Fermented milk products

Dadiah is a traditional fermented milk of West Sumatra, Indonesia prepared with fresh, raw, and unheated buffalo milk

Fermented milk products, also known as cultured dairy foods, cultured dairy products, or cultured milk products, are dairy foods that have been fermented with lactic acid bacteria such as Lactobacillus, Lactococcus, and Leuconostoc. The fermentation process increases the shelf life of the product while enhancing its taste and improving the digestibility of its milk. There is evidence that fermented milk products have been produced since around 10,000 BC.[1] A range of different Lactobacilli strains has been grown in laboratories allowing for many cultured milk products with different flavors and characteristics.


Many different types of cultured milk products can be found around the world including milk, cheese, yogurt, other cultured dairy foods, ice cream and more.[2]

Soured milk

Country/region of origin Product(s)
acidophilus milk
Armenia matzoon
Arab World leben, kishk
Central Asia chal/shubat, chalap, kumis, qatyq, qurt, suzma
Bulgaria kiselo mlyako
Czech Republic kefír or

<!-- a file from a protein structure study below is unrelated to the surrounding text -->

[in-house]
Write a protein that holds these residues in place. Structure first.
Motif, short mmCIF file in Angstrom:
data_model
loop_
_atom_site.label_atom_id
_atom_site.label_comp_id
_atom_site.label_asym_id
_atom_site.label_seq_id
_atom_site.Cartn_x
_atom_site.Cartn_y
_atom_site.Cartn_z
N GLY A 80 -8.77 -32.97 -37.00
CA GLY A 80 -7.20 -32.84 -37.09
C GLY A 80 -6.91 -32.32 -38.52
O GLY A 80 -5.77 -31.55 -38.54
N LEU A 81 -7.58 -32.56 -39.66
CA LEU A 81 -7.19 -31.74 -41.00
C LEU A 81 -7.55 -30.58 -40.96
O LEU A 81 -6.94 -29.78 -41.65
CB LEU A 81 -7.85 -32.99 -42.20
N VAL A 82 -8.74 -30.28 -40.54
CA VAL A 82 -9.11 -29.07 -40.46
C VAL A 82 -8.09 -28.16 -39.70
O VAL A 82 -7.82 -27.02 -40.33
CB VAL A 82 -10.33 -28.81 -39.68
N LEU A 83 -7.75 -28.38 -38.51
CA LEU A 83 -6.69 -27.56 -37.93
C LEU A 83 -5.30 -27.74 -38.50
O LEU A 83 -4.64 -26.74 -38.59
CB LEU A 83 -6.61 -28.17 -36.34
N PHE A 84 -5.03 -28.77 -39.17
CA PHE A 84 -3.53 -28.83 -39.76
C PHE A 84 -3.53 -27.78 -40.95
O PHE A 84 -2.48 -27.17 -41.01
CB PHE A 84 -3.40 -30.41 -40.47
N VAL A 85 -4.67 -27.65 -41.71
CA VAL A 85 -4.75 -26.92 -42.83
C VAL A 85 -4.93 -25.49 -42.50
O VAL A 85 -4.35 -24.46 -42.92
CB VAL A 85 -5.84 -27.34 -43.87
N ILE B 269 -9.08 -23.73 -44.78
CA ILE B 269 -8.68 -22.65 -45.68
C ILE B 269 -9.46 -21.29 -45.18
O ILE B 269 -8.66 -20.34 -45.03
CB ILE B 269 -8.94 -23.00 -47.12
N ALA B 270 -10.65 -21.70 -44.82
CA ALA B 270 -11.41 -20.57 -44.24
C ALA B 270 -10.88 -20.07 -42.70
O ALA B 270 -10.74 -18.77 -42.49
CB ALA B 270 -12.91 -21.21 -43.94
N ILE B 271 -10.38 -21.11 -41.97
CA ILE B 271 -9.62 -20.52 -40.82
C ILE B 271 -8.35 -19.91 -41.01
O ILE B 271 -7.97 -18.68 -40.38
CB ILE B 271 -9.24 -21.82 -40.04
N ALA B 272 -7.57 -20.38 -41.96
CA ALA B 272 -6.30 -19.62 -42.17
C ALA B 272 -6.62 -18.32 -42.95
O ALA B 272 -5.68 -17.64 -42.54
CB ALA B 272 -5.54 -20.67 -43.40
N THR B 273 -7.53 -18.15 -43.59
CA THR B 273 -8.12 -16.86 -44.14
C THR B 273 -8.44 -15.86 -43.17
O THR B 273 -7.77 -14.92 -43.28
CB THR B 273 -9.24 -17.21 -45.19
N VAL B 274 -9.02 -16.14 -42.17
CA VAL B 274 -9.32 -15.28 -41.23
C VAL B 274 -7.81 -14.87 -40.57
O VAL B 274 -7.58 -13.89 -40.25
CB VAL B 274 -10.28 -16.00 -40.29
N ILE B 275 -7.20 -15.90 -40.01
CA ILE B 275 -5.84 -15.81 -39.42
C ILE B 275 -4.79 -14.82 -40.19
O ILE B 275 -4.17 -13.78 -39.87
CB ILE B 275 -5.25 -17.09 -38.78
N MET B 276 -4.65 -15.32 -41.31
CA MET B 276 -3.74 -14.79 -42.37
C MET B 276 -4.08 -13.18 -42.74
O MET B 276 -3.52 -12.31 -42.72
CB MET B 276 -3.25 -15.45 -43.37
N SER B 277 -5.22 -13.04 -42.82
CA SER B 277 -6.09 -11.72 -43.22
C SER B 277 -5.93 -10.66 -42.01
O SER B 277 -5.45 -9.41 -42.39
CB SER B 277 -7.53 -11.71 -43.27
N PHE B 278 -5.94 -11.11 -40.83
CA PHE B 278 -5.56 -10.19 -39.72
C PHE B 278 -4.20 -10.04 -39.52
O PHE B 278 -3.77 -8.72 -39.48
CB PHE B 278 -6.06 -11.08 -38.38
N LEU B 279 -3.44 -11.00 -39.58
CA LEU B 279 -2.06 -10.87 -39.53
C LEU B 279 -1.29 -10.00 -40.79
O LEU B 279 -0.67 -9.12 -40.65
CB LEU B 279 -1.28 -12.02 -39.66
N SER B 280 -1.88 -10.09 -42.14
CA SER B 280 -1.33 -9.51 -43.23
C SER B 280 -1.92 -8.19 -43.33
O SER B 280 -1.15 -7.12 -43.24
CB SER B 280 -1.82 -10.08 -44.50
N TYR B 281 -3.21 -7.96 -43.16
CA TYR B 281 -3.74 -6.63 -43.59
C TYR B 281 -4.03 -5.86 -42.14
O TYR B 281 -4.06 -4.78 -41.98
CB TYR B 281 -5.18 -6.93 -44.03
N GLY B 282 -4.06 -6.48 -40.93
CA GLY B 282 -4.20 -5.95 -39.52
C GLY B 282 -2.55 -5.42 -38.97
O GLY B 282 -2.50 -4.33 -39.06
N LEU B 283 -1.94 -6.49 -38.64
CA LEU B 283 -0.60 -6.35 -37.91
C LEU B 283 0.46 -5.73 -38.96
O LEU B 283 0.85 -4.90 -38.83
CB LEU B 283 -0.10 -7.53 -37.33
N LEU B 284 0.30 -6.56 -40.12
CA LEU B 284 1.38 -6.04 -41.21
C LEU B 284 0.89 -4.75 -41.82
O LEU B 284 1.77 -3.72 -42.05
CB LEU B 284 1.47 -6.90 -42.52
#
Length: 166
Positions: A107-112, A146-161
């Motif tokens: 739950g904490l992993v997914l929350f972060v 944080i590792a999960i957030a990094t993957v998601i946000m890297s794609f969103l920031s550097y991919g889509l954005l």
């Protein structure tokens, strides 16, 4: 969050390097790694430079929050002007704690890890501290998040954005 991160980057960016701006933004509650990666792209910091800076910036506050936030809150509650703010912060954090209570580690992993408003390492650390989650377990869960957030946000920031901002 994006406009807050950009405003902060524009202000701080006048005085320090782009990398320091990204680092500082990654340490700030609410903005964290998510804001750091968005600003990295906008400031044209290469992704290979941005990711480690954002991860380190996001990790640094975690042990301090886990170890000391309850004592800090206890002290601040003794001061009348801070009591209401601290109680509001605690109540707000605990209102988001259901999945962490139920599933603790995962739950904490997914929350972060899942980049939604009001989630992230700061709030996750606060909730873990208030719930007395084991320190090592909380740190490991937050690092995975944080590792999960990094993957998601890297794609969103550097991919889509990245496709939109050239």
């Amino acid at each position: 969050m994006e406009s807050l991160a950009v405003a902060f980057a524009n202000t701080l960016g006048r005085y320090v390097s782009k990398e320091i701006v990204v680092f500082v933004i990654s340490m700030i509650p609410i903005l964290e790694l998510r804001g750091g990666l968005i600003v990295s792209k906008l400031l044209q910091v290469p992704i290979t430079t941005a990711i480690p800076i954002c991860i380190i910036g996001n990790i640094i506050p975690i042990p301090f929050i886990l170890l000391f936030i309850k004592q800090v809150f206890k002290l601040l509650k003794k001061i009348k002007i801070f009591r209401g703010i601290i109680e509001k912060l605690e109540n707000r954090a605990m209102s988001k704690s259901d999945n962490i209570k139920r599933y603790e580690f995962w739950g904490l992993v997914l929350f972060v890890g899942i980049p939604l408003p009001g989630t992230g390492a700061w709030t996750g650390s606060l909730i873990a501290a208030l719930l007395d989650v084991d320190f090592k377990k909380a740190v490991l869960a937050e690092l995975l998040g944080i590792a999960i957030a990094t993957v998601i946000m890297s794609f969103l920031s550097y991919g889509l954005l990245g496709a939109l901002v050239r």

Denmark kærnemælk, tykmælk, and ymer
Dominican Republic Boruga
Estonia soured milk and kefir
Finland piimä and viili
Germany Sauermilch or Dickmilch (soured milk or thickened milk), Quark
Georgia matsoni
Greece or (ξινόγαλα), ariani (αριάνι), kefiri (κεφίρι)
Hungary aludttej, joghurt, kefir, tejföl
Iceland skyr and
India dahi, lassi, chaas, mattha, mishti doi and shrikhand
Indonesia dadiah
Iran doogh, kashk, ghara
Kurdistan Region
Middle East leben
Japan calpis
Latvia rūgušpiens, kefīrs, ,
Lithuania rūgpienis, kefyras
Mexico jocoque
Mongolia airag, byaslag, ,
Netherlands karnemelk (buttermilk)
Nicaragua leche agria (soured milk)
Norway surmelk or kulturmelk, kefir, and tjukkmjølk[3]
Pakistan dahi and lassi
Poland soured milk (including "acidofilne" milk), kefir, buttermilk, twaróg
Romania , , kefir and
Russia, Ukraine, Belarus kefir, prostokvasha, ryazhenka, varenets, tvorog, acidophiline
Scotland blaand
Serbia and yogurt
Slovakia kefír or
South Africa amasi (maas in Afrikaans)
Sweden filmjölk, and (fil is the short form of filmjölk)
Turkic countries ayran, qatiq, kefir, yogurt, kımız
United States clabber
Bosnia and Herzegovina and kefir
Burundi urubu
Kenya Kule Naoto, Maziwa Lala, Mursik,
Ethiopia ergo
Sudan rob

Soured cream

Country/region of origin Product(s)
sour cream
Central Asia kaymak
Central & Eastern Europe; and Russia smetana
Croatia /
France crème fraîche
Hungary tejföl
Mexico crema/
Romania smântână
Serbia kisela pavlaka

Comparison chart

Product Alternative names Typical milkfat content Typical shelf life at 4 °C Fermentation agent Description
Cheese 1-75% varies a variety of bacteria or mold Any number of solid fermented milk products.
Crème fraîche creme fraiche 30-40% 10 days[1] naturally occurring lactic acid bacteria in cream Mesophilic fermented cream, originally from France; higher-fat variant of sour cream